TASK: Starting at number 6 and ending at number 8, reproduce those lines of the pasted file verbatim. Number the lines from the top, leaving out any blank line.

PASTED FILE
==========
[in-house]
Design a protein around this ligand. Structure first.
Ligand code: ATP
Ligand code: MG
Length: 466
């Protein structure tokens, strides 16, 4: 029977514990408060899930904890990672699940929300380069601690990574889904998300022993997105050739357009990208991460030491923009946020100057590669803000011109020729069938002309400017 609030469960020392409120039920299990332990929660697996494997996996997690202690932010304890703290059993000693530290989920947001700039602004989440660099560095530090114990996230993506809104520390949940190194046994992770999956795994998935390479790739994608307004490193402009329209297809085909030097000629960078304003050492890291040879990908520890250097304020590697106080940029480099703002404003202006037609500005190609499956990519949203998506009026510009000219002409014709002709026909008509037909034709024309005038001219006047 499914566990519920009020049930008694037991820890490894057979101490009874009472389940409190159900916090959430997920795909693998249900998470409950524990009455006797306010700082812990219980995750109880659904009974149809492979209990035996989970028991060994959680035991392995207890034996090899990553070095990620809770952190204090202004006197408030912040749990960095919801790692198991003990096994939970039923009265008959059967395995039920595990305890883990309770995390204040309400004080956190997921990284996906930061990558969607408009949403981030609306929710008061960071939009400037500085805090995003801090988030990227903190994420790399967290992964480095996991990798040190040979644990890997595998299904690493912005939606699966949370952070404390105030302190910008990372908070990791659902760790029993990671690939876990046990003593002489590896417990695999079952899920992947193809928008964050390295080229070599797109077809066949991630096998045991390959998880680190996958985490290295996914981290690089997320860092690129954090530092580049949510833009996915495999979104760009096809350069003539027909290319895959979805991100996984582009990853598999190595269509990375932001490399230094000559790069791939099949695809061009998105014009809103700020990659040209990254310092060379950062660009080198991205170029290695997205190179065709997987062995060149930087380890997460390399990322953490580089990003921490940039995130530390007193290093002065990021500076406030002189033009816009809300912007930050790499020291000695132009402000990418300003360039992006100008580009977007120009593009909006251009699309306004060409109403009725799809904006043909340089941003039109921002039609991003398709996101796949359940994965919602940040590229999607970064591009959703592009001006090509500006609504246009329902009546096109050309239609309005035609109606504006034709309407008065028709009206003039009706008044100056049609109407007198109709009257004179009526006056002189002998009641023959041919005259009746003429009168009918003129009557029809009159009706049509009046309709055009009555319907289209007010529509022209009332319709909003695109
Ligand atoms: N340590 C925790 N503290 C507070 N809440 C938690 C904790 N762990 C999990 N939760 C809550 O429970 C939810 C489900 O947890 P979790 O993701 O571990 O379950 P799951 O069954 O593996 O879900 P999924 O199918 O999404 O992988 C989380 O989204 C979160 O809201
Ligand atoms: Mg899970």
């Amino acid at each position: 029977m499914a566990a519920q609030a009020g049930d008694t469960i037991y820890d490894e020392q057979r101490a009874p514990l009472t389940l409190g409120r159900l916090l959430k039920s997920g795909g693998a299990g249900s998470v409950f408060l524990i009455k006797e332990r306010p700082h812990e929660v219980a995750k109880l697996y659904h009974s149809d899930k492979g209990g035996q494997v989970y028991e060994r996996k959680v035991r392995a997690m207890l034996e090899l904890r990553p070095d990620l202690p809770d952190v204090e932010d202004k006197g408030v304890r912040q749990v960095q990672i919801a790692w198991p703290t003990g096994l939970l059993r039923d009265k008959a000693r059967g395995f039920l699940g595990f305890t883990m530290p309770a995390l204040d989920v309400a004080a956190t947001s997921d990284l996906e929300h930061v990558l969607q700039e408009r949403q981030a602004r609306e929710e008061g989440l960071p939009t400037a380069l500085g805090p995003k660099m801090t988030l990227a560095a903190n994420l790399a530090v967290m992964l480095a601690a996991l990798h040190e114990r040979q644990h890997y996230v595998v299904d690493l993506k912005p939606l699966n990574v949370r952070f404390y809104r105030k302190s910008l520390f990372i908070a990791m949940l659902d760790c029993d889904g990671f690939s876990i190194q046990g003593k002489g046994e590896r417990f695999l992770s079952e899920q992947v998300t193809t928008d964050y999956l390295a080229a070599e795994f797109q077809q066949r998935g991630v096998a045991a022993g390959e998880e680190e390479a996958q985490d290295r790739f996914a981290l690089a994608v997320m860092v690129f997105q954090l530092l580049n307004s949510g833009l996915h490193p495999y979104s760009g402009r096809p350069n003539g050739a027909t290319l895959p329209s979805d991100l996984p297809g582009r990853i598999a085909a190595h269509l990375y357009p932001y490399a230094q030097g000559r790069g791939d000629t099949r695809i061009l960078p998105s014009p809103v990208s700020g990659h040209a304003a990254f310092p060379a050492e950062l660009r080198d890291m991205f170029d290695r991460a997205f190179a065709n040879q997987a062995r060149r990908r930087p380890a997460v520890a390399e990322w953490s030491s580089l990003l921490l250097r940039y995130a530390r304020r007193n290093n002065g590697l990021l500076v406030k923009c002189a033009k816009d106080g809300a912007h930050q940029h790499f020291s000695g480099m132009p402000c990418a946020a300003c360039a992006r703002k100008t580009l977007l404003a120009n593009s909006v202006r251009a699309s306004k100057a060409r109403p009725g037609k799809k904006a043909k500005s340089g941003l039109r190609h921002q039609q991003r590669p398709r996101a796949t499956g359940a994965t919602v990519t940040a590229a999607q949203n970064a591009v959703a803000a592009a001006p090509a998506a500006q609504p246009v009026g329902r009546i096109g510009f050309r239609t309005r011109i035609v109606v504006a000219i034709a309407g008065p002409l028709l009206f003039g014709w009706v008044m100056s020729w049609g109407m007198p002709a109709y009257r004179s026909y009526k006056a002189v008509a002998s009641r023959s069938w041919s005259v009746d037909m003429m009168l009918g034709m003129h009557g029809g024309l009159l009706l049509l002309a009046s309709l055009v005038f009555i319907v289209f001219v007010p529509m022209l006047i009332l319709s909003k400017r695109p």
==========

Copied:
């Protein structure tokens, strides 16, 4: 029977514990408060899930904890990672699940929300380069601690990574889904998300022993997105050739357009990208991460030491923009946020100057590669803000011109020729069938002309400017 609030469960020392409120039920299990332990929660697996494997996996997690202690932010304890703290059993000693530290989920947001700039602004989440660099560095530090114990996230993506809104520390949940190194046994992770999956795994998935390479790739994608307004490193402009329209297809085909030097000629960078304003050492890291040879990908520890250097304020590697106080940029480099703002404003202006037609500005190609499956990519949203998506009026510009000219002409014709002709026909008509037909034709024309005038001219006047 499914566990519920009020049930008694037991820890490894057979101490009874009472389940409190159900916090959430997920795909693998249900998470409950524990009455006797306010700082812990219980995750109880659904009974149809492979209990035996989970028991060994959680035991392995207890034996090899990553070095990620809770952190204090202004006197408030912040749990960095919801790692198991003990096994939970039923009265008959059967395995039920595990305890883990309770995390204040309400004080956190997921990284996906930061990558969607408009949403981030609306929710008061960071939009400037500085805090995003801090988030990227903190994420790399967290992964480095996991990798040190040979644990890997595998299904690493912005939606699966949370952070404390105030302190910008990372908070990791659902760790029993990671690939876990046990003593002489590896417990695999079952899920992947193809928008964050390295080229070599797109077809066949991630096998045991390959998880680190996958985490290295996914981290690089997320860092690129954090530092580049949510833009996915495999979104760009096809350069003539027909290319895959979805991100996984582009990853598999190595269509990375932001490399230094000559790069791939099949695809061009998105014009809103700020990659040209990254310092060379950062660009080198991205170029290695997205190179065709997987062995060149930087380890997460390399990322953490580089990003921490940039995130530390007193290093002065990021500076406030002189033009816009809300912007930050790499020291000695132009402000990418300003360039992006100008580009977007120009593009909006251009699309306004060409109403009725799809904006043909340089941003039109921002039609991003398709996101796949359940994965919602940040590229999607970064591009959703592009001006090509500006609504246009329902009546096109050309239609309005035609109606504006034709309407008065028709009206003039009706008044100056049609109407007198109709009257004179009526006056002189002998009641023959041919005259009746003429009168009918003129009557029809009159009706049509009046309709055009009555319907289209007010529509022209009332319709909003695109
Ligand atoms: N340590 C925790 N503290 C507070 N809440 C938690 C904790 N762990 C999990 N939760 C809550 O429970 C939810 C489900 O947890 P979790 O993701 O571990 O379950 P799951 O069954 O593996 O879900 P999924 O199918 O999404 O992988 C989380 O989204 C979160 O809201
Ligand atoms: Mg899970």